Alison Warner said although Bel Air High School is "fortunate" to have a state-of-the-art building, she has had to go to Staples and ask for help buying supplies for students.

Others, meanwhile, continued to press for repairs to Youth's Benefit Elementary School in Fallston, among other facilities.

Laura Runyeon said the facility has failing septic systems and students are occasionally asked not to flush toilets. They also cannot assemble as an entire school community.

Danielle Spagler, as well as her son, Nick Spagler, and Fran Dowres, asked for a new playground at Prospect Mill Elementary School.

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Danielle Spagler said the playground was built in 1973, is "older than I am" and is used by four classes, but only has four swings and a small climbing apparatus.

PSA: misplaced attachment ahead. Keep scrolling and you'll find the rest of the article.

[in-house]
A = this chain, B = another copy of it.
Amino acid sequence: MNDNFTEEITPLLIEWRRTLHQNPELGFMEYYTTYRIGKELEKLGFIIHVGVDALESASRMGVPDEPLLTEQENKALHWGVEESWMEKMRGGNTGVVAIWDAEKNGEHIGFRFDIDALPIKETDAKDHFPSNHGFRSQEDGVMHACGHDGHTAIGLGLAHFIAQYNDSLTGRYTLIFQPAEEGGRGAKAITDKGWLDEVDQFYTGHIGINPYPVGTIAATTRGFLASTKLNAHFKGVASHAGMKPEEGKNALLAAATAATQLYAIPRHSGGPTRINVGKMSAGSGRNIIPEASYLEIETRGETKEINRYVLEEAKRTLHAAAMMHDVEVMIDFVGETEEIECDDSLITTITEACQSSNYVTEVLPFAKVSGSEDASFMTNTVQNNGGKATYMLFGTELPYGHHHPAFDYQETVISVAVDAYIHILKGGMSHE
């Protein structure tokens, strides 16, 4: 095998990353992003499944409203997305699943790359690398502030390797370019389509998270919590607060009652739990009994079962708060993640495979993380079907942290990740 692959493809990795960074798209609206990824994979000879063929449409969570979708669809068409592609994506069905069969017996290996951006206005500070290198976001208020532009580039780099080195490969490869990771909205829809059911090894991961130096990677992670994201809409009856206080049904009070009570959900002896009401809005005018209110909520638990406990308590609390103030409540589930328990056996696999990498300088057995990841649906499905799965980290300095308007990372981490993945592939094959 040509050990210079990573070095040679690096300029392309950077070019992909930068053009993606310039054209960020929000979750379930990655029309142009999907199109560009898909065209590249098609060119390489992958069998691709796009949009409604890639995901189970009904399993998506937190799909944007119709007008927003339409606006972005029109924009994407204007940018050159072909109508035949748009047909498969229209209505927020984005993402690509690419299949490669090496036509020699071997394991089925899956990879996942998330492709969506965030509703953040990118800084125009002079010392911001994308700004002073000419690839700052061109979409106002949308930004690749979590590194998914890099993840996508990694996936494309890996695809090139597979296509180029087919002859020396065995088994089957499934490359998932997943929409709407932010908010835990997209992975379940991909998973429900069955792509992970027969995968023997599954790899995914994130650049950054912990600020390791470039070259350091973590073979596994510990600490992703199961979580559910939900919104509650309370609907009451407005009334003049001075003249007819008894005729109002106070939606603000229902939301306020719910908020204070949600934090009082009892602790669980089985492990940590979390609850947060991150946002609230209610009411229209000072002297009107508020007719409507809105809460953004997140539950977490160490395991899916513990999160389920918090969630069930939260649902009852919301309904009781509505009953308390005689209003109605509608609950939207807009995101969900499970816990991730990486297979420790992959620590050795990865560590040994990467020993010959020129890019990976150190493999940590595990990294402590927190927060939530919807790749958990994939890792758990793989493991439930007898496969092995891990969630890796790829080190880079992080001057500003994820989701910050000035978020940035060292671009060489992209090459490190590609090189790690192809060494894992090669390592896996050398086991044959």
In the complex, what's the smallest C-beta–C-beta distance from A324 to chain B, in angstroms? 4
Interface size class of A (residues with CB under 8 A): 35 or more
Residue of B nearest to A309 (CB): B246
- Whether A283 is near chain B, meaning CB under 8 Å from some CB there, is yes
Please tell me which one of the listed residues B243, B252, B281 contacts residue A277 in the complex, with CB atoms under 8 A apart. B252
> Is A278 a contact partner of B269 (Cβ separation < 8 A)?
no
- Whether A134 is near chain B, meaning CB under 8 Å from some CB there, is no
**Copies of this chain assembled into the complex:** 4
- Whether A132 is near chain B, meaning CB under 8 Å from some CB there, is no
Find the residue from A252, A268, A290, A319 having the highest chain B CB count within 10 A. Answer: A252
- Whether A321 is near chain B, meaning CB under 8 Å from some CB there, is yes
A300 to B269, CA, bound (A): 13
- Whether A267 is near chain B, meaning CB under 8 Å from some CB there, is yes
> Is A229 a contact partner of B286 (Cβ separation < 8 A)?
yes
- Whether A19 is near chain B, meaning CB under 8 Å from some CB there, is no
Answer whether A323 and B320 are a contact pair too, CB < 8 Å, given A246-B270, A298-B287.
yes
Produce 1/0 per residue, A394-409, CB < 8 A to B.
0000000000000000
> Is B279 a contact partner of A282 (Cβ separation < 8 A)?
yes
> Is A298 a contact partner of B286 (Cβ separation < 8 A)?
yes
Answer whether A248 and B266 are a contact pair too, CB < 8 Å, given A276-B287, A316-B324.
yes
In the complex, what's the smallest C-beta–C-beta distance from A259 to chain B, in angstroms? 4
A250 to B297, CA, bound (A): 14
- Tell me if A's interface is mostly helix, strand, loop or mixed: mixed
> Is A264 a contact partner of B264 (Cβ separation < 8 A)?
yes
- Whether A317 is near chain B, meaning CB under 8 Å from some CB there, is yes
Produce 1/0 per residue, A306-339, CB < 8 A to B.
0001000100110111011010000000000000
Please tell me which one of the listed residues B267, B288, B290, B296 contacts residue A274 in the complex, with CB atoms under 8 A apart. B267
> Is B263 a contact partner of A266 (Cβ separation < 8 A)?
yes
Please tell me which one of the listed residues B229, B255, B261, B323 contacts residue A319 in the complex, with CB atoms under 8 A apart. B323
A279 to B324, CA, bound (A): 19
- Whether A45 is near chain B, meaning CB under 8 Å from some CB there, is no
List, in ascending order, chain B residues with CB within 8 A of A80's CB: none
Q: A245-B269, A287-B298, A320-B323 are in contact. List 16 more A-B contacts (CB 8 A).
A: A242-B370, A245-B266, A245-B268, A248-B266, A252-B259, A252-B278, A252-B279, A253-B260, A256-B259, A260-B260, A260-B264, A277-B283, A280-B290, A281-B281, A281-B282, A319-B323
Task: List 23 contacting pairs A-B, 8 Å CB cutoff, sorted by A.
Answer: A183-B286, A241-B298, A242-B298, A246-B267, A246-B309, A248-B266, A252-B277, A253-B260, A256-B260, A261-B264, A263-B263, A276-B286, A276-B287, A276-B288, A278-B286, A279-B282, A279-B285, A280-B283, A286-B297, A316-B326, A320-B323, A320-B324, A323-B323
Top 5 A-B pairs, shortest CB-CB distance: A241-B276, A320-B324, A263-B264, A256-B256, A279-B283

"The children have resorted to playing on a nearby hill for entertainment," she said.

A few people were concerned about how the meeting was conducted.

George Curry said he thinks the government should be willing to listen to each resident's full remarks, criticizing the limit of three minutes per speaker, even if representing a group.

Curry then said he was "getting tired" of waiting for resources and of having the educational system be a "pawn or pinata" for political or personal reasons.

He said despite getting increasingly less money year after year, teachers still do the best job they can for their students.

Despite the flood of teachers, several residents also asked the county to keep funding organizations like the library system or the Arc.

Al Morey noted the creator of the multi-branch system in Harford would have wanted the library to keep being funded.